Virginia Beach, Virginia Television evangelist Pat Robertson responded angrily to religious leaders opposed to the Religious Freedom Restoration Amendment. "Ladies and gentleman," he said on the July 24, 1996 broadcast of his "700 Club," "I think this [amendment] is one of the key things...and it, just frankly turns my stomach to hear a gentleman who says he represents the Baptist Joint Committee when I happen to know as a Southern Baptist that the largest denomination in the country has withdrawn funding from his organization and does not fund him to have him come up and say 'I'm against children praying in school. I mean it's...when we see the vendetta [emphasis his] against religious faith that is being carried on in the schools of America, it's nothing short of appalling.

"Because I happen to be the president of Jay Sekulow's organization [American Center for Law & Justice] and I know the numbers of cases that come in. We have something in the neighborhood of forty to fifty complaints a week of persecution or discrimination against people of faith. And some of them are Jewish, some of them are Catholic and some of them are Protestant. There has been a vendetta by the people with a liberal mindset."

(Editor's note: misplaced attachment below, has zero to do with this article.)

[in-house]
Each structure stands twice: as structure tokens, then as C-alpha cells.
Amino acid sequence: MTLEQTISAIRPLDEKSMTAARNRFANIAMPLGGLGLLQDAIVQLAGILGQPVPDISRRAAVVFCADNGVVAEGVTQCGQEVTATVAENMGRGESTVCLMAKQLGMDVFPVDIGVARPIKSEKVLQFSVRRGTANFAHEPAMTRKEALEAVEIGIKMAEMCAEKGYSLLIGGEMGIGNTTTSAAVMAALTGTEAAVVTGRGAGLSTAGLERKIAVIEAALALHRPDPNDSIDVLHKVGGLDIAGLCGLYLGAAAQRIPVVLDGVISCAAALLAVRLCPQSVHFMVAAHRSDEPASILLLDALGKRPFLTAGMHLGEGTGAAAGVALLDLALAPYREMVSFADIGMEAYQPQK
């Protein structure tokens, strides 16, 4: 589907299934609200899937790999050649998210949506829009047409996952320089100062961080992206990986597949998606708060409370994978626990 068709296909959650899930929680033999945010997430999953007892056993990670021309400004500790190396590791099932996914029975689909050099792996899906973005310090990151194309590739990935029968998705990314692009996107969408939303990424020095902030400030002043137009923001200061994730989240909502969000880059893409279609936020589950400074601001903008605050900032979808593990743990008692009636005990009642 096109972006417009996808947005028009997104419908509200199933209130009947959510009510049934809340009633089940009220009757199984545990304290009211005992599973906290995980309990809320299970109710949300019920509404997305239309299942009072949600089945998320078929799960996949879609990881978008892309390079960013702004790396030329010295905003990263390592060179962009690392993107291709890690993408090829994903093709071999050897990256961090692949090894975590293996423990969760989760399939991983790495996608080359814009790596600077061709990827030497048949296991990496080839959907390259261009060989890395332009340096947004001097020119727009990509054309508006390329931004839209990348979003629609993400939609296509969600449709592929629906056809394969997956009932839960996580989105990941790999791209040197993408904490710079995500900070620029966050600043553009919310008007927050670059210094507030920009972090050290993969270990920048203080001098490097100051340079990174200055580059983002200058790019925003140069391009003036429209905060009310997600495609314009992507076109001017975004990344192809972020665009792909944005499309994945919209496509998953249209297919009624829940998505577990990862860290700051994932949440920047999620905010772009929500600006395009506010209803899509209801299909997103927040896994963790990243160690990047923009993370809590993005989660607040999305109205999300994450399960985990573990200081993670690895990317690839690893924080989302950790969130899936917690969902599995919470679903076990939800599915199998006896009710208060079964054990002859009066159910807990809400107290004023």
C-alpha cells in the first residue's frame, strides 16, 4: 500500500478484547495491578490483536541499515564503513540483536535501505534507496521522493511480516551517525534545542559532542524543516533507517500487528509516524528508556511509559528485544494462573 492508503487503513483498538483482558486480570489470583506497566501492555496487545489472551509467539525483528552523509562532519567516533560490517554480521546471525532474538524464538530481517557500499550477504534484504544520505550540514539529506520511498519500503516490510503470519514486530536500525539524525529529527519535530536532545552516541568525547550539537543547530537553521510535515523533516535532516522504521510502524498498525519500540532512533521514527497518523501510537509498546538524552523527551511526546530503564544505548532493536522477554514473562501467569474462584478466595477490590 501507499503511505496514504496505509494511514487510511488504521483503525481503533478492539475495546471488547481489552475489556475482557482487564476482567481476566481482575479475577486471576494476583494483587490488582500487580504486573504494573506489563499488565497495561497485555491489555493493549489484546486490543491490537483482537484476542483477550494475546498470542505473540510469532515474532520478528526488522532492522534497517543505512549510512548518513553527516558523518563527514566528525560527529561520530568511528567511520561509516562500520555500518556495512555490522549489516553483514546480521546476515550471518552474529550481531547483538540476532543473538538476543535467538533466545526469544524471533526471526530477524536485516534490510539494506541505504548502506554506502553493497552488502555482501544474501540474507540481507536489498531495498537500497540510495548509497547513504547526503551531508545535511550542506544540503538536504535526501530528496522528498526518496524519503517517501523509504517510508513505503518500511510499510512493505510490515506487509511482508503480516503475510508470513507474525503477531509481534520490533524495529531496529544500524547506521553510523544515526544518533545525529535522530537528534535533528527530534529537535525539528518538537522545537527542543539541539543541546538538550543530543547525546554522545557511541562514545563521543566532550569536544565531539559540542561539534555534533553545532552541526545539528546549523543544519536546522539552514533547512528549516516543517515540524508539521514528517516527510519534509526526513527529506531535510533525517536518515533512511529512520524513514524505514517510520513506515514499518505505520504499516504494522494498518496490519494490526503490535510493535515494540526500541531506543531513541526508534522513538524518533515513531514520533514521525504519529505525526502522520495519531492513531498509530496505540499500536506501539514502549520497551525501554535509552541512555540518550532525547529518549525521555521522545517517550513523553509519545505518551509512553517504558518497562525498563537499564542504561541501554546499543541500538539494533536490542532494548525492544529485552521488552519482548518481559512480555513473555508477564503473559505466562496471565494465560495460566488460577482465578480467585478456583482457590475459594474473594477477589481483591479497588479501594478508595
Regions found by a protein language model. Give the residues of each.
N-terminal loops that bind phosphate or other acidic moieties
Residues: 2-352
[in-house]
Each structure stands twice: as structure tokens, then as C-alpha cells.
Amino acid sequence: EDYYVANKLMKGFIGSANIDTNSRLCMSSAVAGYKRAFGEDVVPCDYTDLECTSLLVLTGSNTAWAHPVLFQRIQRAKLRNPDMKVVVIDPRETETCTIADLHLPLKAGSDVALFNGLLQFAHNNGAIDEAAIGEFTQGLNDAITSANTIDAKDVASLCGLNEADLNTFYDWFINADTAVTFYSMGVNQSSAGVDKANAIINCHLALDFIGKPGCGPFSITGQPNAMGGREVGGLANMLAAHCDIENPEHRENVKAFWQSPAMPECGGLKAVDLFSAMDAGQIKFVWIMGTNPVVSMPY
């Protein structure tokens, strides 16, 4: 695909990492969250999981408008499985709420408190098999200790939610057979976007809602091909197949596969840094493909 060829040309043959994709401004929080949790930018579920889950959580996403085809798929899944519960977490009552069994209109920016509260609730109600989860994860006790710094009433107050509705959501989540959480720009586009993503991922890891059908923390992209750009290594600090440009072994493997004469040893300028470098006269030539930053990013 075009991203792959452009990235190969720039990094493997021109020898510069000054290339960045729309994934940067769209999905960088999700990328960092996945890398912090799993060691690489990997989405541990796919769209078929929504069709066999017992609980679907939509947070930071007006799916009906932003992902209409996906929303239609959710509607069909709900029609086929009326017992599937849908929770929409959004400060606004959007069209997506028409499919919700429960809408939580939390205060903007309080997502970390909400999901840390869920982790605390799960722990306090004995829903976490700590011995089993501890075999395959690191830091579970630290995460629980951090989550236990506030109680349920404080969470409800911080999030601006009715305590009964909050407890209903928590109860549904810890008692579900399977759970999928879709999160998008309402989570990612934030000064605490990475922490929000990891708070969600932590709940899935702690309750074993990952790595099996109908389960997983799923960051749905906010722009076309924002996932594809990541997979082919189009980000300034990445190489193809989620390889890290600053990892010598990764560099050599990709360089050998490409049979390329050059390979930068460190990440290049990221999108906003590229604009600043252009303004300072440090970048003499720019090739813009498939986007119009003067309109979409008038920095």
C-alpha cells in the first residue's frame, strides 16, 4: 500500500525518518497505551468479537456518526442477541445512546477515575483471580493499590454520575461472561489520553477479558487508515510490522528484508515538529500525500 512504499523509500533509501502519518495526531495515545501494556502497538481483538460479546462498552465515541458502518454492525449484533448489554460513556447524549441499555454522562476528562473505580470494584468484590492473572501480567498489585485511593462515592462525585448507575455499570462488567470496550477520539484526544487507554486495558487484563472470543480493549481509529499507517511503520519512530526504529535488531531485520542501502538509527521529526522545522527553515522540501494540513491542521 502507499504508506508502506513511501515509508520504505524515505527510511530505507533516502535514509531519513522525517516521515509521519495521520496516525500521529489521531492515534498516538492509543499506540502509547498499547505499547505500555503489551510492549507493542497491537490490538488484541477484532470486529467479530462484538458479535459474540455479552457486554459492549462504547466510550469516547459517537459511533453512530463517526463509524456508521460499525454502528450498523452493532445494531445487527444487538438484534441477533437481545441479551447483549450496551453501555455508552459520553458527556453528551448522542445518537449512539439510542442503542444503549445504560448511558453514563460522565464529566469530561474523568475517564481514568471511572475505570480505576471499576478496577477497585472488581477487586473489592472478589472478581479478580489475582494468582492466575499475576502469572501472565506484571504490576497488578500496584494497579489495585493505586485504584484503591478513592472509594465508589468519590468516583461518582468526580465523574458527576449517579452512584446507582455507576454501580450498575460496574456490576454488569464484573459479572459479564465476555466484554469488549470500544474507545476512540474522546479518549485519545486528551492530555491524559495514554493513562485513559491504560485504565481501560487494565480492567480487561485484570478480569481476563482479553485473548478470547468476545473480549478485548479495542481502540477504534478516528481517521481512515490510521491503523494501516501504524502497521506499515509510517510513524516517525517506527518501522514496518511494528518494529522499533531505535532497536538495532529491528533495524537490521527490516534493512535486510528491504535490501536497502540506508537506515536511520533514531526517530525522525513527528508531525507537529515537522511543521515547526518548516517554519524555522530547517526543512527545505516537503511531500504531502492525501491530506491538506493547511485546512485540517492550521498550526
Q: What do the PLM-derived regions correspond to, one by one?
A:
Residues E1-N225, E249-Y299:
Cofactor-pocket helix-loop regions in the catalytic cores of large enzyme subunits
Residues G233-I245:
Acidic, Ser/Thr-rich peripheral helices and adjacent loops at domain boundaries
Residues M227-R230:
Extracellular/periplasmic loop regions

After a little more ranting, Robertson urged his viewers to call their congressmen and senators and let them know that they want the Religious Freedom Restoration Amendment added to the U.S. Constitution.


Survey reveals strong Christian nationalism